Agree with Stephen L.  Re Super: Given it's currently indexed to the average wage at a rate of >65% && <72% for a retired couple.  I expect the following to happen
1. Removal of the link between super and average wage.  Super will then be indexed to some fudge CPI statistic so that rampant inflation can safely eat away supers purchasing power.
2. Redefinition of the average wage to median wage.  That way as the economy tanks and the poor old middle class continues to get evaporated, median wages will drop and less superannuation will have to be paid out.
3. Government will assume that people will not let their beloved parents languish in poverty.  This will shift the burden of funding retirement from the state to families, a libertarians utopia.   Wealthy families will be okay but poor families will struggle.
4. Government will push the pedal to the metal running up deficits and will keep selling all productive assets to keep the charade going,  just long enough to hand the atomic bomb to the next Labour government.  

I think Super is based on after tax average wages. Treasury in their PREFU felt that increasing tax rates through fiscal drag would effectively lower the rate of super. 

..a focus on raising productivity growth
 
Well that's been their focus since first being elected in 2008 - as Fran O'Sullivan points out prior to their first budget in 2009;
 
Fran O'Sullivan: Conservative's push may be anything but
http://www.nzherald.co.nz/business/news/article.cfm?c_id=3&objectid=1055...
 
The Treasury will be beefed up. The previous Government's mantra of economic transformation and sustainability is out. What's in is a refocus on competitiveness and productivity.
 

Before Kiwisaver was formulated by Sir Micky Cullen , Gareth Morgan had written extensively that NZ did not have a savings problem , it was just that Kiwis weren't saving in manners the politicians thought prudent ....
 
... we always had lotsa dosh in term deposits , a beachside bach , Bonus bonds , a small block of pine trees , and other safe slow growing endeavours ...
 
Retiring sooner or later has never really been an issue ...
 
... meddling by politicians with a system that Kiwis understood , and which actually worked , has been the real issue ...

Yep, I think the UK has a system of you only get pension if you work and pay tax in NZ, hence NZ should do the same thing, ie work 1/2 your life here, gt 1/2 pension.
Of course even that is probably too much,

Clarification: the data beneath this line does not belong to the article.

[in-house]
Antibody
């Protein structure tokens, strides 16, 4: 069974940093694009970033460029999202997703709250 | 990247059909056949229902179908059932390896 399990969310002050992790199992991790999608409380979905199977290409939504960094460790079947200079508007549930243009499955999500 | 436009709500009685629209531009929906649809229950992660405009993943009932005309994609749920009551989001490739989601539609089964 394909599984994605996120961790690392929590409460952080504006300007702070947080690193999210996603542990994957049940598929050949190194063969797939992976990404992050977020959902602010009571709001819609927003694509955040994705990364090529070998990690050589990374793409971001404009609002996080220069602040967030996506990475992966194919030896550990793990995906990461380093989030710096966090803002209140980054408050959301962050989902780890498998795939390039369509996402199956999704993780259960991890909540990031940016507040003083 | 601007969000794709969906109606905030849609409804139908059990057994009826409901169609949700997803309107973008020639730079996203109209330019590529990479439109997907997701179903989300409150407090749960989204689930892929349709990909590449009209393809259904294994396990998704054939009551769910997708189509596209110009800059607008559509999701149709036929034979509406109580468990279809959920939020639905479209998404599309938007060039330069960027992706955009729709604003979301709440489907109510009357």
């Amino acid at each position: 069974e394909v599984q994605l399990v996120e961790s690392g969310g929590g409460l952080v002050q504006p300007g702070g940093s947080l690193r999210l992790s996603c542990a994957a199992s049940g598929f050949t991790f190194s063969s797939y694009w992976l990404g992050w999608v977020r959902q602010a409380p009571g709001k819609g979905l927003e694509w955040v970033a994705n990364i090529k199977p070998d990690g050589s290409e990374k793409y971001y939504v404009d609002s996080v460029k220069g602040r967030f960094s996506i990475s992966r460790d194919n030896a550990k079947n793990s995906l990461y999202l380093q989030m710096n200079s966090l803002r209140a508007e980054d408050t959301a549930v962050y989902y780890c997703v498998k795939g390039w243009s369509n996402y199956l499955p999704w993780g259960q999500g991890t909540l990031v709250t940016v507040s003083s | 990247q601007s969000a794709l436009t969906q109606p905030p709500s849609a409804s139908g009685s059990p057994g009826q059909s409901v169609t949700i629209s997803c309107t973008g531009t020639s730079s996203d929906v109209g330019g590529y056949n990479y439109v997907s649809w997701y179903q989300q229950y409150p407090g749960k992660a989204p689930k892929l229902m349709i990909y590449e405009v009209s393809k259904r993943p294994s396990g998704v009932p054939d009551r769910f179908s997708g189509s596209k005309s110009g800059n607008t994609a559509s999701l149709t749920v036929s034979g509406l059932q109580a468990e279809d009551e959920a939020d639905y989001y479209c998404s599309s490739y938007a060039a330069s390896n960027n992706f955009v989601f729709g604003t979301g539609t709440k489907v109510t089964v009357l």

http://peakoil.com/publicpolicy/crash-course-chapter-15-demographics
regards

And you can still do that if you would rather, however, Kiwisaver is at least something for those who will never even get a look at that list to have at the end of their working days, as many will not even own their own home, such is far too much inequality.
 

I cannot see why this subject of Super is even discussed when the most important problems of housing affordability, foreign black money coming in and the immigration issues are much more topics that Key is ignoring. When that loosely anchored money decides to decamp there will be an almighty crisis for Key to try to manage and he will fail miserably because he neglects it now.
Nuff said.
 

Another bleat by someone in the finance industry.....
What an incredibly shallow piece. Not mentioning all sorts of related issues like Cullen fund, the desirability (vote-ability) of pushing up the age where people can access Kiwisaver, that Labour has just lost an election badly with policies like increasing the age of super and a really big one: that longevity will drop dramatically when all the really obese people out there reach 50!

David Parker is very good at putting the cost of Super in context:

  • Super costs more than all other benefits (sickness, unemployment) and working for families combined
  • Next year Super will cost more than all of Education (from early childhood to tertiary inclusive)
     

That's hardly bleating.

Is that calculated cost of Super adjusted for the inevitable work and income beneficiary outlays for those not elgible for work due to age and illness etc once citizens reach the age of 65?

And the extra unemployment benefits for those additional young people who don't have a job because some old person has not retired at 65.....

Whats it nett cost, PAYE still gathers 6% tax for super.

Super is still being taxed for, the 1970's Super stolen by Muldoon was just consoldidated into the general fund. This 6% itax is now a invisable tax,  PAYE is the third highest tax take, so whats 6% of it?  Once over 65  and get any extra income its taxed at 30% ,its a mean test, its why the rich and various media personalities hate Super and claim its unaffordable. Think about it. So add in the 30% tax on over 65s, and Super is taxed as income, Nett super figures arenever released because people would revolt at any changes. We are just sheep.